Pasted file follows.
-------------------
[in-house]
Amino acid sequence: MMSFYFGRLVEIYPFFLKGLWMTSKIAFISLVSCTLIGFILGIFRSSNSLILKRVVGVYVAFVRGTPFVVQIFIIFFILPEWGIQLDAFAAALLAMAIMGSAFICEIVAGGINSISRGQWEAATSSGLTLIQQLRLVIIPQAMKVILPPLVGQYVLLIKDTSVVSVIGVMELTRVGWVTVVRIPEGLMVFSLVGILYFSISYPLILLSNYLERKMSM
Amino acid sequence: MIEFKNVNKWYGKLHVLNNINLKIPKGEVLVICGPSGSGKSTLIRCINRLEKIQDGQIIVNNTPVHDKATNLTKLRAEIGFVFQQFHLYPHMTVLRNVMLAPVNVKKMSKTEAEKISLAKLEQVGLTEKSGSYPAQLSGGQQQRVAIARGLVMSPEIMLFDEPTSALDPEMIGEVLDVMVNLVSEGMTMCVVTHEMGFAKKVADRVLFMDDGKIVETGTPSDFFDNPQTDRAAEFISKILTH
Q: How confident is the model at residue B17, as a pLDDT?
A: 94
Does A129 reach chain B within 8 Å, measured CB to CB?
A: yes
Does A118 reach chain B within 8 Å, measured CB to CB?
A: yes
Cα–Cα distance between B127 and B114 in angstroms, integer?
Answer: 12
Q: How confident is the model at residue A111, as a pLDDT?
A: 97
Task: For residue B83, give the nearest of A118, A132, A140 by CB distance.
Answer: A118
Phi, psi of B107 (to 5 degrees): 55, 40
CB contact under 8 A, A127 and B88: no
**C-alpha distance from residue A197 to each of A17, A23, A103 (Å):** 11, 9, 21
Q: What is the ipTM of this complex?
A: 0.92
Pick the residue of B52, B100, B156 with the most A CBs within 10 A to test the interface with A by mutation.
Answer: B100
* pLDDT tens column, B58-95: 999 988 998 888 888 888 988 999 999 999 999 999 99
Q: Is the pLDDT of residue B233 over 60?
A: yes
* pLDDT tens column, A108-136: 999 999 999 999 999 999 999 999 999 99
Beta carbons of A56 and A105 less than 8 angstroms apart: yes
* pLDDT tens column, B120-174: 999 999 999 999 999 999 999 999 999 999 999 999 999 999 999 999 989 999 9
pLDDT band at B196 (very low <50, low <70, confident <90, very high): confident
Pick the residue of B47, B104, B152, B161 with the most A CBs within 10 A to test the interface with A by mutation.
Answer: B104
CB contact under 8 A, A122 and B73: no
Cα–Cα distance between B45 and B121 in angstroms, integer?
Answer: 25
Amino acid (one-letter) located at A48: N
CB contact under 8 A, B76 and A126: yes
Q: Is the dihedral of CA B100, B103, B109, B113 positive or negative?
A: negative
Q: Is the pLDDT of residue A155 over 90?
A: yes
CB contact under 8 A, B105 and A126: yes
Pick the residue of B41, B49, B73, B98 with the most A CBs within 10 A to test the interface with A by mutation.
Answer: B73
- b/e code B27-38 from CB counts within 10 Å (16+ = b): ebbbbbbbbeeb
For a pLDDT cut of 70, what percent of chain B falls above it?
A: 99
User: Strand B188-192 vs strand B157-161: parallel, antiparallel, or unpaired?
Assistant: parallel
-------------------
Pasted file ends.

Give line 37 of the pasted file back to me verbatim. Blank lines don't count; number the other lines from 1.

Q: Is the dihedral of CA B100, B103, B109, B113 positive or negative?